NEWS21 December 2022

US Census Bureau told to provide panel details to congress

News North America Public Sector

US – The US congress has instructed the US Census Bureau to provide more transparency on its Ask US Panel project following requests from the Insights Association.

US Congress

In its 2023 fiscal year appropriations bill, congress included language that demanded the Census Bureau provide a report to the congressional committee within 90 days about the methodology, data collection processes, implementation, costs and procurement strategy behind the Ask US Panel.

The Ask US Panel is a probability-based nationwide representative survey panel for tracking public opinion that has been trialled since earlier this year

Eligible households and individuals who join the panel answer surveys about food and nutrition, transportation, employment, education and other subjects, as well as receiving monetary compensation for the surveys they complete.

However, the panel has proved controversial in some quarters, with the Insights Association having opposed it on the grounds of it being more expensive than buying services from existing online research panel providers.

The house of representatives and US senate are likely to pass the bill and send it to US President Joe Biden for signature by 23rd December.

Howard Fienberg, senior vice-president advocacy at the Insights Association, said that congress had recognised “the grave problems presented by the Ask US Panel survey project” and was correct to request further transparency from the Census Bureau on the project.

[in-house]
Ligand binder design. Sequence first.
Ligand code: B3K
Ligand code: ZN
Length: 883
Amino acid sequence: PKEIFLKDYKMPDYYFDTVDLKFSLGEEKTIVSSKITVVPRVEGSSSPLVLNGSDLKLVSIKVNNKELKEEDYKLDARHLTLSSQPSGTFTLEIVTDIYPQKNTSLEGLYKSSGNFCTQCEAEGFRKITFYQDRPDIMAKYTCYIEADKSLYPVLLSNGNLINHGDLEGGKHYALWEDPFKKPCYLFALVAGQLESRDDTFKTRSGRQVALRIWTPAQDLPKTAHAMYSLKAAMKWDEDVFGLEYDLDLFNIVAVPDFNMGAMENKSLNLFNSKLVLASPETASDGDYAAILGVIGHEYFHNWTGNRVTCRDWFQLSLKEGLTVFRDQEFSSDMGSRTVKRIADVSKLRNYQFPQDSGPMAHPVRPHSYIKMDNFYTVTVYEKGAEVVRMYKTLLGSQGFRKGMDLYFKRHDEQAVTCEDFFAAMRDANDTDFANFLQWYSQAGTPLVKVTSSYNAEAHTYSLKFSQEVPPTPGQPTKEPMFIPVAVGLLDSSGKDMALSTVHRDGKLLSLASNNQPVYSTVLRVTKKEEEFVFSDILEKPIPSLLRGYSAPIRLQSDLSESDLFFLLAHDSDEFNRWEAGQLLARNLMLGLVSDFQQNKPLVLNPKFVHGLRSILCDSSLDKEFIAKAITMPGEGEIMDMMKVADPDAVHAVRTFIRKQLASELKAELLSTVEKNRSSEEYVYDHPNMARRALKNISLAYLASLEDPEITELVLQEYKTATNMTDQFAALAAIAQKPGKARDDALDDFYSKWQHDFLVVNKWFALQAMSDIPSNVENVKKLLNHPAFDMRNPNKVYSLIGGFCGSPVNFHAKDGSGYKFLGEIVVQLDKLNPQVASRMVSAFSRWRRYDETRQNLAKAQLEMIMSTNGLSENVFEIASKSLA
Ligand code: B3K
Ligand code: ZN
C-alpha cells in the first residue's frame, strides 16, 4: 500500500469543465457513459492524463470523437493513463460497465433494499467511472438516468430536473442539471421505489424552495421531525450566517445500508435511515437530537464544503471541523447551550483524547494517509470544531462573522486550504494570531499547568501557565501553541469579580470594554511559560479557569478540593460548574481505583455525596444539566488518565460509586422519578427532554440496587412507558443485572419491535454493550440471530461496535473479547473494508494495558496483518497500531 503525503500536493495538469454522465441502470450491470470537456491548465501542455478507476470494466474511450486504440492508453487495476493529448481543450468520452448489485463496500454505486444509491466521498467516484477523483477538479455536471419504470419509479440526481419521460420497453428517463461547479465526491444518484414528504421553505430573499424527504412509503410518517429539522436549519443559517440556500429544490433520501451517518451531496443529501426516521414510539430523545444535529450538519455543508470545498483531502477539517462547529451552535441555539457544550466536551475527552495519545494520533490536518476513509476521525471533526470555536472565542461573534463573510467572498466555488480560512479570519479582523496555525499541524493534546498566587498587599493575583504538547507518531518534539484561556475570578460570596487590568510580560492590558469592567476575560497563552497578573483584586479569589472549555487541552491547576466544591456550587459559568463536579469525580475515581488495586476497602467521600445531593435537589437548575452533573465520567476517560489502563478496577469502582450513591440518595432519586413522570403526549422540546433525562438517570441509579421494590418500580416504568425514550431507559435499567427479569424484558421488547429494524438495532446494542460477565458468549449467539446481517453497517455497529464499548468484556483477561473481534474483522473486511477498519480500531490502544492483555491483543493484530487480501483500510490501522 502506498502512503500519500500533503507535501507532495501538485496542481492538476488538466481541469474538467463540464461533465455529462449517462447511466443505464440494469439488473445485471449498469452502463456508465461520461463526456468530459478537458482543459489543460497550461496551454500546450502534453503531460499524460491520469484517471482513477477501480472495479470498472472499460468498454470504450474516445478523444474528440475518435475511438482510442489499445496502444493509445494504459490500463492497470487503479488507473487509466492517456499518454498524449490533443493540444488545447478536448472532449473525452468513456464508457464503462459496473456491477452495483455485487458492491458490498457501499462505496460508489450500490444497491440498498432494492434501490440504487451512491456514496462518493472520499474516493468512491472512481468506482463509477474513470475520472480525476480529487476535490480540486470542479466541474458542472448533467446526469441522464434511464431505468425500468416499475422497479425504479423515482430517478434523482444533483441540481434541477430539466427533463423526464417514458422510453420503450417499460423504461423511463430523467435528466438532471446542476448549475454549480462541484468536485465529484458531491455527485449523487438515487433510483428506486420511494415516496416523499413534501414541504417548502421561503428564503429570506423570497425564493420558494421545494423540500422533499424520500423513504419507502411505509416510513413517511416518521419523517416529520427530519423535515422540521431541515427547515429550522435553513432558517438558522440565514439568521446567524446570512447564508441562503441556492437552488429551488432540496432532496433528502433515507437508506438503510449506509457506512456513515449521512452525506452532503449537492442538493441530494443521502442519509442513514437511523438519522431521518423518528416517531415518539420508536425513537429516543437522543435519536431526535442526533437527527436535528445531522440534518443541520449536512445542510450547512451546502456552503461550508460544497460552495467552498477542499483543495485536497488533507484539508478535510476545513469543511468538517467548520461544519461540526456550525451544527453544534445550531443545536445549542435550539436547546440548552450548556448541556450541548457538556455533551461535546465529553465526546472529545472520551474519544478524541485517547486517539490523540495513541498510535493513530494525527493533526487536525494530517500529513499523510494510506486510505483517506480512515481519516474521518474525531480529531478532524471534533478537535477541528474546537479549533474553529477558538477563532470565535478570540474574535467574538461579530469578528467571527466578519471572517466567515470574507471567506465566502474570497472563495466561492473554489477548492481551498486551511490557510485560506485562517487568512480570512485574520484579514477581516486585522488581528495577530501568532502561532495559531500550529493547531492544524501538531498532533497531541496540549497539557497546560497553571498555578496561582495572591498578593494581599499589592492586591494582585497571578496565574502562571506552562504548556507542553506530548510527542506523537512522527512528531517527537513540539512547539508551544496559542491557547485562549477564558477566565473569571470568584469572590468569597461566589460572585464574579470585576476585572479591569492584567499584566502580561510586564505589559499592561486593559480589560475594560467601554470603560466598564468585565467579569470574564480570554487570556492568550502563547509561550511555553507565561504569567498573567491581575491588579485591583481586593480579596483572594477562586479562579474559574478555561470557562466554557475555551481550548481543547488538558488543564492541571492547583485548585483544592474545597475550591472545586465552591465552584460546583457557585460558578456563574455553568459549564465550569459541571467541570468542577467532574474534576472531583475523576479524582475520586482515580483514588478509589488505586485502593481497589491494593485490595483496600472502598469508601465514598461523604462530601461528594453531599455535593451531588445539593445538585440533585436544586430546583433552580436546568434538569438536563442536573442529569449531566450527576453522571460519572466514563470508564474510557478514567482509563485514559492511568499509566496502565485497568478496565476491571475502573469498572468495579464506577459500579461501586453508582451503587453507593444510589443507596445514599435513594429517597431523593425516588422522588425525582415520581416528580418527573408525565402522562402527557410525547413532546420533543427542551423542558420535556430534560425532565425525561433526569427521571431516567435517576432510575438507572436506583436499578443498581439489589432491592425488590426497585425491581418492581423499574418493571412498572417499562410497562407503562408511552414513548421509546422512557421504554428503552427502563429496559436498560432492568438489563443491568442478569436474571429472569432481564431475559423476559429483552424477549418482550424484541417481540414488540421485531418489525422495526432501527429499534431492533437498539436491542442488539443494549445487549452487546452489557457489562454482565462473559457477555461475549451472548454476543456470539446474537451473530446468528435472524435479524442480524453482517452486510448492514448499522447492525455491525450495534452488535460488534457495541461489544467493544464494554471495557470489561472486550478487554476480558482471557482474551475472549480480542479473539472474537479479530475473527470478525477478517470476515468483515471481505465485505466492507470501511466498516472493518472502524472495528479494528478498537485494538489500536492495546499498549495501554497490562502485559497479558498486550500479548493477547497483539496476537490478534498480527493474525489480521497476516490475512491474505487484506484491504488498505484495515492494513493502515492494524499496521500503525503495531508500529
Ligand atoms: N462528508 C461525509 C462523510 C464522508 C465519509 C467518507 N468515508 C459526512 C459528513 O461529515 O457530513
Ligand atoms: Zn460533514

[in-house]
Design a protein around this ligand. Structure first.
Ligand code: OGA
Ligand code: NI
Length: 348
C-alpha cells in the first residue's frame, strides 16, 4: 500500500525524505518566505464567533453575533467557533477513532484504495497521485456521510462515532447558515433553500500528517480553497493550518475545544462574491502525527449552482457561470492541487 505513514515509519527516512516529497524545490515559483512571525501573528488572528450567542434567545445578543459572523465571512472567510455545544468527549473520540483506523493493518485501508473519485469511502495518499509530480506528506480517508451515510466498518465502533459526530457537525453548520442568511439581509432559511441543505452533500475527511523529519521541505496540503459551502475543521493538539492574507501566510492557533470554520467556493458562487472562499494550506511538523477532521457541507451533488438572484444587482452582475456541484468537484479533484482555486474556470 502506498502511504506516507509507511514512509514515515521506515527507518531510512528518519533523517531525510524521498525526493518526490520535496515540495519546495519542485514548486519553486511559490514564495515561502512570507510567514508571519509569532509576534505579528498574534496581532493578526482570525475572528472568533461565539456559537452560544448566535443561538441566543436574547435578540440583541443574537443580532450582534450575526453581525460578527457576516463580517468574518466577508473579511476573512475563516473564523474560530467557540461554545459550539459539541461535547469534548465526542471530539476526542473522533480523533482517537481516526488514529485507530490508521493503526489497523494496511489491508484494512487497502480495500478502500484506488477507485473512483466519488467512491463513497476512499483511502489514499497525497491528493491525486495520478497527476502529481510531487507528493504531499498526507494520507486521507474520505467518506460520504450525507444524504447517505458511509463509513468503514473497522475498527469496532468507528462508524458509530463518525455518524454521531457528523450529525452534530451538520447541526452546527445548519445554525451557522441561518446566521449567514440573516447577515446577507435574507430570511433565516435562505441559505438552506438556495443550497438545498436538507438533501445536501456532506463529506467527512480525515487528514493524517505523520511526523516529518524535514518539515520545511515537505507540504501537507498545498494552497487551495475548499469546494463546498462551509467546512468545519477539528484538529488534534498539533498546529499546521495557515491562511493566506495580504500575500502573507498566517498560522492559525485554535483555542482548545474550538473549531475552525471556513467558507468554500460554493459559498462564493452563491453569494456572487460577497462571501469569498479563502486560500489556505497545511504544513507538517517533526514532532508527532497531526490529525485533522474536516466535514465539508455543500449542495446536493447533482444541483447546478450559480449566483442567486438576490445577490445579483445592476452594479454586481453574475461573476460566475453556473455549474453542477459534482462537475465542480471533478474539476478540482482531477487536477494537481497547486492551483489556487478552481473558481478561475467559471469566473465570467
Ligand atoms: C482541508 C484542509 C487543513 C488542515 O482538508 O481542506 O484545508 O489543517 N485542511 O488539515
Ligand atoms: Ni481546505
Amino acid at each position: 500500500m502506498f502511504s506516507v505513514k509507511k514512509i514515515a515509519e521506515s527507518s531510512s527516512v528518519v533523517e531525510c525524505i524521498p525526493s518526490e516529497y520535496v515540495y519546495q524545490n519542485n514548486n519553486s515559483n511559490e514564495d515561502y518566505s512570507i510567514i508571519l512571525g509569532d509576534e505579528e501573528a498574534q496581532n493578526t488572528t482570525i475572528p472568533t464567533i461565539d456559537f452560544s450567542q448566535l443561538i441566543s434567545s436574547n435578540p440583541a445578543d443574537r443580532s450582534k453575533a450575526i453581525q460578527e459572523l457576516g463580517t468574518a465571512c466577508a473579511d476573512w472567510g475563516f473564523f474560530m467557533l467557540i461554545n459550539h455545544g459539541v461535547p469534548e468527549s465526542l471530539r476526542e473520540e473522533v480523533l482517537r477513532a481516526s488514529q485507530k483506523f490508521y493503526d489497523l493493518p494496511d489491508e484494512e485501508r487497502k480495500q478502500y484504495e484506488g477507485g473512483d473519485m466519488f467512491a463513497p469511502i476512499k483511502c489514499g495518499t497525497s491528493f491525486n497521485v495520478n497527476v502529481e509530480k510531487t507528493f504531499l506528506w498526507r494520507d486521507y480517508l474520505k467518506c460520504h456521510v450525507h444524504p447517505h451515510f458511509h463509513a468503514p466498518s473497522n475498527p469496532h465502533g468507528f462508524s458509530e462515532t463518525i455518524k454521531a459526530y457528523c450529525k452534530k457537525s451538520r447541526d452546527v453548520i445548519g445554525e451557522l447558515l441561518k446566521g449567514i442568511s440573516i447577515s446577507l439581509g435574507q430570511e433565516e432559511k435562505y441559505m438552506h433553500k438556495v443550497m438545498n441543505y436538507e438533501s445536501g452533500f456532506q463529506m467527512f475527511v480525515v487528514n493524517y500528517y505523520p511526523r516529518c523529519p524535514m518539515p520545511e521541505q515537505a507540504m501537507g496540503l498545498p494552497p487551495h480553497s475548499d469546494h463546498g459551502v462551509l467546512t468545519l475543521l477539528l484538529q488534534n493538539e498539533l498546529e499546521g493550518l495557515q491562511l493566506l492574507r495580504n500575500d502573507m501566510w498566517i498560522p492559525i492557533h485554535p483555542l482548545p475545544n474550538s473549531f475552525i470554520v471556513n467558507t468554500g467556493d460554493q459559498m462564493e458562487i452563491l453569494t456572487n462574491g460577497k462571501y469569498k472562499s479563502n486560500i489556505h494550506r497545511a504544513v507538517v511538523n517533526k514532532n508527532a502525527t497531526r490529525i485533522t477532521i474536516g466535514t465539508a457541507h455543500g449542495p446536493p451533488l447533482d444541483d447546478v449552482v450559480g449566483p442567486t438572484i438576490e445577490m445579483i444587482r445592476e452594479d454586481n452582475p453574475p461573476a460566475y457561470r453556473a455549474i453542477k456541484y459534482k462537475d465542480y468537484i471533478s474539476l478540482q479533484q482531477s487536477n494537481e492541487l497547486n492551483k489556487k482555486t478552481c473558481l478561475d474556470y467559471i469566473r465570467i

He added: “This Census Bureau plan to develop their own probability-based online research panel has never made any fiscal sense, given that multiple private sector insights companies and organisations already offer well-established high-quality online panels, including probability-based ones, and could provide those services to the federal government at a fraction of the cost of this foolhardy project.

 “The Census Bureau, with this project, has been trying to compete with the private sector – funding an additional insights firm to build an online panel that will be used to compete against the rest of the insights industry using intellectual property funded directly by federal taxpayers.

“This clearly violates a common-sense ‘Yellow Pages test’: why would you pay a premium for government to provide a service that could already be easily and affordably purchased in the open market?”